Providers engaging in telepractice assessment may train facilitators to work with them on a regular basis in order to provide greater coverage to underserved populations (e.g., only two providers within a 500-mile radius, shortage of evaluating practitioners within a school district). If such a facilitator is well trained and in a professional role (i.e., a professional facilitator, certified assistants), they can present test items and supervise for safety as well as adjust audiovisual equipment during a telepractice assessment. Given the use of numerous manipulatives during BOT–2 administration, the professional facilitator must have the BOT–2 kit and paper components readily available to use for standardized administration. This approach yields the BOT–2 subtest and composite scores that are available in face-to-face assessment mode. If a professional facilitator is not used, it impacts the workflow of the session, subtest selection, and the ability to reliably derive composite scores. Refer to The Use of Facilitators in Remote Test Administration for further information.
In times when social distancing is necessary, such as the COVID-19 pandemic, using a professional facilitator may not be safe or feasible. If testing must occur under these conditions, it may be possible that the examinee participates with the help of a nonprofessional on-site facilitator in the examinee’s home or other location (e.g., a parent, guardian, caretaker). These on-site facilitators can assist with technological and administrative tasks during testing (e.g., providing pages of the examinee booklet) but will require orientation to these responsibilities before the session. If using an on-site facilitator who is not in a professional role, the examiner should use their professional judgment about the capacity of the facilitator to perform the required functions correctly, safely, and without interfering in the testing session.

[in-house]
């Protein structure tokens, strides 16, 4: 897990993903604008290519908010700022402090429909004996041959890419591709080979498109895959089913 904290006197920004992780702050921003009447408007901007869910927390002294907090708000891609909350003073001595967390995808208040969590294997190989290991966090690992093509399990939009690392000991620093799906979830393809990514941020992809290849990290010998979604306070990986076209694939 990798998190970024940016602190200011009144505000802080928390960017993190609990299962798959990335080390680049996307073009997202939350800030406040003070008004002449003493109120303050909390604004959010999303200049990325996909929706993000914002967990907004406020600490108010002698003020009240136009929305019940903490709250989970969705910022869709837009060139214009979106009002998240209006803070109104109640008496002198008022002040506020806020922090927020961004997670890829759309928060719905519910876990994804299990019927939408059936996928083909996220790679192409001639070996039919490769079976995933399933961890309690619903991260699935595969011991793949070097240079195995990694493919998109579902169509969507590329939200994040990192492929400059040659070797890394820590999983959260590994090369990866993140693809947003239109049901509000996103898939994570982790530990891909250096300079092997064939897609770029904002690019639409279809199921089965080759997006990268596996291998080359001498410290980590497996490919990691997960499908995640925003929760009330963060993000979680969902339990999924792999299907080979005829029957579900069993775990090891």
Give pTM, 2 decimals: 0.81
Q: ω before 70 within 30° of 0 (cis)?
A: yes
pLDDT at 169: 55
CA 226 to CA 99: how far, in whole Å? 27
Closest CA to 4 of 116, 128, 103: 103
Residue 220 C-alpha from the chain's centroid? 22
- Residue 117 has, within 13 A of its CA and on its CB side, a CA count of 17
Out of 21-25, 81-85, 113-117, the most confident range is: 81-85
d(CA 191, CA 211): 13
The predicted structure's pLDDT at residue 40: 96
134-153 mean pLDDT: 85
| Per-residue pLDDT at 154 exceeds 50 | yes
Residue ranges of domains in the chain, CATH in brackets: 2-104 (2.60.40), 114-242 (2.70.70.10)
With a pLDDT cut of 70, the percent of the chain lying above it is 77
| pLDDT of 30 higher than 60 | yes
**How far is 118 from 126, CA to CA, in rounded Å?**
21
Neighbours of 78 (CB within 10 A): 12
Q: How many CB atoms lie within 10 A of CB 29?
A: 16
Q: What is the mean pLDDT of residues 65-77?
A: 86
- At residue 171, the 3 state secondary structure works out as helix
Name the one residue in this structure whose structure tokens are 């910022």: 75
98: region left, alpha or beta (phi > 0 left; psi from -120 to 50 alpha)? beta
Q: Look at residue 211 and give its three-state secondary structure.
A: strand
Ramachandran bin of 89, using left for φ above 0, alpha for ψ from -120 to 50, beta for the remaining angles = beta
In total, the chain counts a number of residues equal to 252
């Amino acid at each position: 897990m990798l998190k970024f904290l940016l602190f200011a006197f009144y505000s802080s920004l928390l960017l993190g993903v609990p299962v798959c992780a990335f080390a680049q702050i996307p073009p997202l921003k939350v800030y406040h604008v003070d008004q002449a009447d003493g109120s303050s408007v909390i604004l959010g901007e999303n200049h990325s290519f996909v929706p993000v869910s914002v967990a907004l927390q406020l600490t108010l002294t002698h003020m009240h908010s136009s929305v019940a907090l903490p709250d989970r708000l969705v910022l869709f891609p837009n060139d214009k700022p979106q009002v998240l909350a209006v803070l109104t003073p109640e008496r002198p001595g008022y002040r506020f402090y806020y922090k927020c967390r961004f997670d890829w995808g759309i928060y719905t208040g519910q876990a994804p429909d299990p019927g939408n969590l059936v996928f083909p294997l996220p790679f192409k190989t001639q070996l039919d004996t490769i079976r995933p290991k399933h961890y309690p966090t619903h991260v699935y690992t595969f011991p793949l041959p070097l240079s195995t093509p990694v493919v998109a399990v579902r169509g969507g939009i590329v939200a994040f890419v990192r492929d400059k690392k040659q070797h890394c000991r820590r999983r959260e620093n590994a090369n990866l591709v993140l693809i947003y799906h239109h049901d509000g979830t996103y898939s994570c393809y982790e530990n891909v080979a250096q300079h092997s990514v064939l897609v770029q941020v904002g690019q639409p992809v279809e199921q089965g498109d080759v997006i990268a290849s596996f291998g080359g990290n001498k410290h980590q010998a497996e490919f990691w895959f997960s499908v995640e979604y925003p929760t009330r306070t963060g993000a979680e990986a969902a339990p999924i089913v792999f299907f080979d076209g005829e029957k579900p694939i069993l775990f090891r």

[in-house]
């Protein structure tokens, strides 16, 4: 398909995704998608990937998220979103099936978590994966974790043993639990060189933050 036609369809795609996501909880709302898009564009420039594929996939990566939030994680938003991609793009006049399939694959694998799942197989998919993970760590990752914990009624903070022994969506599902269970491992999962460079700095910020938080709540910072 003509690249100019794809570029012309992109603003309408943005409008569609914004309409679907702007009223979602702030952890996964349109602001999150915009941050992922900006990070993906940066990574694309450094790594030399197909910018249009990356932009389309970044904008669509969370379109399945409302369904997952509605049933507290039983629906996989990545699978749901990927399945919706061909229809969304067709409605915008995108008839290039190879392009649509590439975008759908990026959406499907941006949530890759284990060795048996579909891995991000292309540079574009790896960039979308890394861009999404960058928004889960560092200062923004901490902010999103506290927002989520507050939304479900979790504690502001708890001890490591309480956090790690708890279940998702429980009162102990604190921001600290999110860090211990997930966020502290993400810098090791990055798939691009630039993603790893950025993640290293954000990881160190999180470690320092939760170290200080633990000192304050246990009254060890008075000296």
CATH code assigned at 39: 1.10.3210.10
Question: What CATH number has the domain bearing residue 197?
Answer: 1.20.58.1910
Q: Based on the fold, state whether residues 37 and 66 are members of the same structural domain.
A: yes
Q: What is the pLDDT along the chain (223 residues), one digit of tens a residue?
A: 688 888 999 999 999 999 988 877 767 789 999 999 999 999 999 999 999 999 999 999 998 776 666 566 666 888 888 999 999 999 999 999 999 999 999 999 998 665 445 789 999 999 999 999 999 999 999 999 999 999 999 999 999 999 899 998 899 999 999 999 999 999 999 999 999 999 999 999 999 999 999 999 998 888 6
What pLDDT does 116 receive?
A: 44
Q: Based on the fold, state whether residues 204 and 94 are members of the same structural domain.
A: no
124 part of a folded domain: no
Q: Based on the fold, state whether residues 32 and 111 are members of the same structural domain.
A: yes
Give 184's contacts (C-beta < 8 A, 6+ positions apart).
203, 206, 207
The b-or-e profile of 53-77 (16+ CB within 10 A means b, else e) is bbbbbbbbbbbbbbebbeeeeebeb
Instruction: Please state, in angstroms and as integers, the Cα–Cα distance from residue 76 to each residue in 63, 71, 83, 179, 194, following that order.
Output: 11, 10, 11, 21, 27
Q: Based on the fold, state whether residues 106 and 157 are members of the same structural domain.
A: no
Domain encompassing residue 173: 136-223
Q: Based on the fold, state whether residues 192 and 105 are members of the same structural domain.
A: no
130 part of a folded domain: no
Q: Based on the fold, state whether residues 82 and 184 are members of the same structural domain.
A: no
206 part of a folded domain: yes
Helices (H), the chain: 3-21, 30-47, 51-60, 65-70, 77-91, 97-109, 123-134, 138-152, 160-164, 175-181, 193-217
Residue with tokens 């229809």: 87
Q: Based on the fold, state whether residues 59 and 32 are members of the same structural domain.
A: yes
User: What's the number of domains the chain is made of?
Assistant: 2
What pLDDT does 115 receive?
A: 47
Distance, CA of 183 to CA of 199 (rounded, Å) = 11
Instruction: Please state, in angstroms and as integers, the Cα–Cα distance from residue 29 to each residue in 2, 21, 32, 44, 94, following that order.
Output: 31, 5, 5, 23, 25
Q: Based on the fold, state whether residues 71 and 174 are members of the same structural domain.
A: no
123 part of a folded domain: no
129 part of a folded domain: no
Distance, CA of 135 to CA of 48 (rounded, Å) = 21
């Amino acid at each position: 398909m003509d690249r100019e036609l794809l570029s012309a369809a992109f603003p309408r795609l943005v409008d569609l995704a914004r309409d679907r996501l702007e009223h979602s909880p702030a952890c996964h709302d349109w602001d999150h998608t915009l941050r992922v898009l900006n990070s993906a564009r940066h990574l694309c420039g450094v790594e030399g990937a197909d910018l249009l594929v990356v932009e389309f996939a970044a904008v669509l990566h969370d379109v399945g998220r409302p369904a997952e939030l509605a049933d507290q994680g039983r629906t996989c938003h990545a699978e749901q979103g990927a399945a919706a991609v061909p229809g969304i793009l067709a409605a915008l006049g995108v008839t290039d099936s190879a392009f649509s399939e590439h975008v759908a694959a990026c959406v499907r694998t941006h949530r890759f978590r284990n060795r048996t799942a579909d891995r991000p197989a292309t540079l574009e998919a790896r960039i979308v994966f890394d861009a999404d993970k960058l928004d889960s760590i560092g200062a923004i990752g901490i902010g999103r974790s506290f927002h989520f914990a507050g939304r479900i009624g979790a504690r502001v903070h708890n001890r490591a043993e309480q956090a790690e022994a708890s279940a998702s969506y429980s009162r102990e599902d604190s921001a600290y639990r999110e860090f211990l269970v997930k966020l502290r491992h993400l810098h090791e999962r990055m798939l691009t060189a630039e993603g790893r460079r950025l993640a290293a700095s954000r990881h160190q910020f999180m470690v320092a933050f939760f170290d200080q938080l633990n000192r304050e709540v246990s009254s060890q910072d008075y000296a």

An initial virtual meeting with the designated on-site facilitator should occur in advance of the testing session to address numerous issues specific to testing via telepractice. This initial virtual meeting is described in the administrative and technological tasks portion of the Examiner Considerations section and referred to in various sections of this document. After this initial meeting, the examiner should consider if remote administration is possible and appropriate before proceeding.
For BOT–2, facilitators should remain in the room with the examinee throughout the testing session to monitor and address the examinee’s practical needs, as well as any technological or administrative issues as necessary. The facilitator’s role should be defined clearly by the examiner in advance of the testing session. The facilitator should only perform those functions the examiner deems necessary and instructs the facilitator to complete.
With a well-trained facilitator in a professional role (i.e., professional facilitator, certified assistant), subtests from the BOT–2 could successfully be administered with a remote examiner and all subtest and composite scores could be derived. When using a nonprofessional facilitator (e.g., parent), the examiner will have to determine in any of the subtests that do not require standardized manipulatives (i.e., Fine Motor Precision, Fine Motor Integration, and Bilateral Coordination) are possible and appropriate given the evaluation conditions. If any subtests are deemed to be inappropriate for remote administration even with use of a facilitator, then you will not be able to obtain some composite scores.